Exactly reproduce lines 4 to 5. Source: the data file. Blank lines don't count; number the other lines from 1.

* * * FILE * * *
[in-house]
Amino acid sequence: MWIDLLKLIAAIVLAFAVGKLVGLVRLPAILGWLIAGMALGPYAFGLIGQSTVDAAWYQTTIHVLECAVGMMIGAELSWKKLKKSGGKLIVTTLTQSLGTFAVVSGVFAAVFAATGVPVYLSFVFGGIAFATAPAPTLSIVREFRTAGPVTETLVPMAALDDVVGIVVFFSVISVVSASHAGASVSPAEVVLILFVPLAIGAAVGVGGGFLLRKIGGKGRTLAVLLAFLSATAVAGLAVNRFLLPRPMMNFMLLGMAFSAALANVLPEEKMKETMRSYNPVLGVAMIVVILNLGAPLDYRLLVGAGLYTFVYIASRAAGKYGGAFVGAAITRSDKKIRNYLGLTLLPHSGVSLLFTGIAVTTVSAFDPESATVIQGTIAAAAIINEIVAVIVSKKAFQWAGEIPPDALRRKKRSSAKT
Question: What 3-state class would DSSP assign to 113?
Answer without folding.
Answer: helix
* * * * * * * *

Answer without folding.
Answer: helix